|SOME MEN are designed to play second fiddle, some
are forced to play second fiddle, Sameer Soni is loving playing it
to the leading ladies on Indian television - Jassi and Saaksshi. "I
have no problem. It is your work that speaks for you. I have done
advertisement films where 30 seconds is all you get to sell the
product. Also, unlike films, television is a female-dominated
medium. And if one considers it as male ego, then it is a reflection
on the human being rather than the actor."
Agreed, but starting his career in the sea of men
with China Gate, Sameer is in the support cast again, this
time to Anoushka Shankar, Shobhana and Arif Zakaria in his effort to
cross over genres with Pamela Rooks' Dance Like A Man. "Yes,
I am because I have realised playing small roles in sensible films
with great actors is better than doing leads in films that don't get
completed in time and don't get an all-India release. Dance Like
A Man is based on the premise that in our society if a woman
forays into the man's territory, it's called progressive, while if
it's the other way round, it is considered contemptuous." The focus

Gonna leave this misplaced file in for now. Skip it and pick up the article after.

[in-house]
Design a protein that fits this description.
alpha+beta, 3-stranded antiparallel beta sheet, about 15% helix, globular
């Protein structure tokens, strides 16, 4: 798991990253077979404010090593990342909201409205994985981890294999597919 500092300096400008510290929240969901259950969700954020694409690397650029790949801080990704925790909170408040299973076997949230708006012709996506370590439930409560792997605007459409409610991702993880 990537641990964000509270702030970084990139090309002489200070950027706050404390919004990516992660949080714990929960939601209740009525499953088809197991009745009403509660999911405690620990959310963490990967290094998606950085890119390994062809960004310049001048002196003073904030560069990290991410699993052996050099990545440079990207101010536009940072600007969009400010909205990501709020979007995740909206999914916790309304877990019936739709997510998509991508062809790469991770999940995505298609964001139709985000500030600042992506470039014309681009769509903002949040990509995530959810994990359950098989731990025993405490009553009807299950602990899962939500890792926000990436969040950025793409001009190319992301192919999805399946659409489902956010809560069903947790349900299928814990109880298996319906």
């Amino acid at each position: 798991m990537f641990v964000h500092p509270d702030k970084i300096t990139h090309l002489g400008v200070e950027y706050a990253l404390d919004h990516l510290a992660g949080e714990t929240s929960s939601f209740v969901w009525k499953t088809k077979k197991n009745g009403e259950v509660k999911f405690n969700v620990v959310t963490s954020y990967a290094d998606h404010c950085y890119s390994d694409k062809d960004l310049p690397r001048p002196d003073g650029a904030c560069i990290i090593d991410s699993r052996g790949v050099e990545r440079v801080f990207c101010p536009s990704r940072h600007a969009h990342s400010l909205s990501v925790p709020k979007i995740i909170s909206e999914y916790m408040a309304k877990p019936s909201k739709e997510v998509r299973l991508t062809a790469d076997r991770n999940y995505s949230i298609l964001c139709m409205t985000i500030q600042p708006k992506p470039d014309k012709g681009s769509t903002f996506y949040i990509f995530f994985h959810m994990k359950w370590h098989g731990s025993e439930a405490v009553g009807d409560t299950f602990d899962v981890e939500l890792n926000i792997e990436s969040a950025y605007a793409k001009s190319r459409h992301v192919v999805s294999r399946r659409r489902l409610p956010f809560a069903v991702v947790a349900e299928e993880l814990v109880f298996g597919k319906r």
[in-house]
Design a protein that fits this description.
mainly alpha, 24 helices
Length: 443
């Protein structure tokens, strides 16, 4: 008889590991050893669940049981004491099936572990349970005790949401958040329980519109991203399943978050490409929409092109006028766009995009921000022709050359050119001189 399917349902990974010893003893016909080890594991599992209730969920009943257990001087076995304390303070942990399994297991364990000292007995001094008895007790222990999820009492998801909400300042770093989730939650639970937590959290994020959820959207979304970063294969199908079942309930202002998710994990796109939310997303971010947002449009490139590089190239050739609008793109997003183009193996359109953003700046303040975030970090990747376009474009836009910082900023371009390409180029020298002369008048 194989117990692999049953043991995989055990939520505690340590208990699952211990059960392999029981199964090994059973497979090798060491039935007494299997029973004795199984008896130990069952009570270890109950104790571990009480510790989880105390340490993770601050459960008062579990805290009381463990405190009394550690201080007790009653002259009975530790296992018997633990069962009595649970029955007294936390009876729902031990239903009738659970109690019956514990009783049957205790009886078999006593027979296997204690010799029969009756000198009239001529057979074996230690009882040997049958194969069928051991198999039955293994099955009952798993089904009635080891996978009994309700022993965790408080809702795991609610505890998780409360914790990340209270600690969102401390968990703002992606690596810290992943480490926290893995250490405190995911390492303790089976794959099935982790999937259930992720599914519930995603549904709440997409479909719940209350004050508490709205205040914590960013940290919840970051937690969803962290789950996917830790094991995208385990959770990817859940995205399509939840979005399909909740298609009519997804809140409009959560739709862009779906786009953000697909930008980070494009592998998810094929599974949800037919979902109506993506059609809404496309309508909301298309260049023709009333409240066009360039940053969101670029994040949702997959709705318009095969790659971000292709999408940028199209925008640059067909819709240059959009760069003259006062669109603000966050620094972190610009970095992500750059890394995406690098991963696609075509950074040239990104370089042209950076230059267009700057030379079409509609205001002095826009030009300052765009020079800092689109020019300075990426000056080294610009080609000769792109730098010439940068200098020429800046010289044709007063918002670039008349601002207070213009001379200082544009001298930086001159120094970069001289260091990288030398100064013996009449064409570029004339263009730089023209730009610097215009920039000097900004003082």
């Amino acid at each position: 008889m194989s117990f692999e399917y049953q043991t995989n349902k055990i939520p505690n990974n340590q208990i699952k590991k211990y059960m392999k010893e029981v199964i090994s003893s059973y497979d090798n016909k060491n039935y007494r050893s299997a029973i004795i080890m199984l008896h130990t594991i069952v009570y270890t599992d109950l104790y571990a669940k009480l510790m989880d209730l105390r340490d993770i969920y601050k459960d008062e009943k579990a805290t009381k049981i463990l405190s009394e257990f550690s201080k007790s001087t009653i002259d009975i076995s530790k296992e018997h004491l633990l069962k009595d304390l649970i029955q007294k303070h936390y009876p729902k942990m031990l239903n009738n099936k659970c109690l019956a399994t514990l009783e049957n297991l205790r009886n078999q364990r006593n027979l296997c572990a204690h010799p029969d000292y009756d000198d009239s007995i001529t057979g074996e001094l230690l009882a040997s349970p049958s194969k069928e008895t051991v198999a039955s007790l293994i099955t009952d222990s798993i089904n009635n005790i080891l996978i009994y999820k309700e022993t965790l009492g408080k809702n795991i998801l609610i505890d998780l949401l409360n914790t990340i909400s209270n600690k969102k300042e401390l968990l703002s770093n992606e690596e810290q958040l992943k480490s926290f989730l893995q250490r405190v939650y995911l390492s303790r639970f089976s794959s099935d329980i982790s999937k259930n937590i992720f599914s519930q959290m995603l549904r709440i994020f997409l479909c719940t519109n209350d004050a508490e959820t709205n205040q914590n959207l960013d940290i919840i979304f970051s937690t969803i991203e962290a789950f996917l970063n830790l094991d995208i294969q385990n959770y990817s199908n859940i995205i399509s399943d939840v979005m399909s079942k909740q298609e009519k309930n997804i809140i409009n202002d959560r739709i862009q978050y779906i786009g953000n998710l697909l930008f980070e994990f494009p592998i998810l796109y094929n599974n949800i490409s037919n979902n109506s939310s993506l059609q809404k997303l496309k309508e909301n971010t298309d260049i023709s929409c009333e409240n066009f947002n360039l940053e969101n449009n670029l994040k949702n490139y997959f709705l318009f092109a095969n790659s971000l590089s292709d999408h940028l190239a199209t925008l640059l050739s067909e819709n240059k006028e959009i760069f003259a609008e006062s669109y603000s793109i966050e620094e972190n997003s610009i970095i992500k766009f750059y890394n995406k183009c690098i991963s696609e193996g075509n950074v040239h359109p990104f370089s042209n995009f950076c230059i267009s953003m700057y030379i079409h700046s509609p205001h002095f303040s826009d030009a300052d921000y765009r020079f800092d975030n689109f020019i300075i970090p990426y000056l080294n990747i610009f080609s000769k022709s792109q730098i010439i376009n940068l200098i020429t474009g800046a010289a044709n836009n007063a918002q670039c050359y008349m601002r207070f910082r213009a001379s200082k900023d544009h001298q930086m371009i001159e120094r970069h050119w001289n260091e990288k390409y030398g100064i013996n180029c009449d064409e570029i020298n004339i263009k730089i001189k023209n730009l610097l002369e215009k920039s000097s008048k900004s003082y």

is on Arif Zakaria and Shobhana. Arif is playing a classical dancer,
who faces this problem. Sameer says, "I am playing a light-hearted
guy, the love interest of Anoushka, who is also a dancer but I am
not concerned with her profession. I just want to marry her." Sameer
feels doing the film has made him realise his potential in such
cinema. "I could become the best actor in this form," he claims.
As on television, Sameer is happy juggling between
action and emotion in Saaksshi, though he will make a late
entry in the serial as the head of anti-terrorist squad, Astra.
"Television is too hectic. Unlike films, where you have to shoot for
two, three scenes in a day here at times, you are asked to complete
eight to nine episodes in a day. It is real hard work." And
creativity as the medium demands everything in words. "At times, it
does get monotonous, but then it depends on your potential and good
people manage to get their pauses and reactions right."
Sameer doesn't consider that channels are fooling
audiences with stories either refusing to progress or taking time
jumps without notice making impossible to distinguish between
daughters and mothers. "When a serial peaks, to cash in on its
popularity, some channels tend to stretch a plot but with TRPs
changing every week, nobody can afford to take its viewer as dumb.
He can switch channels." Indeed Sameer, today he can follow three
serials at a time without affecting the ratings of any.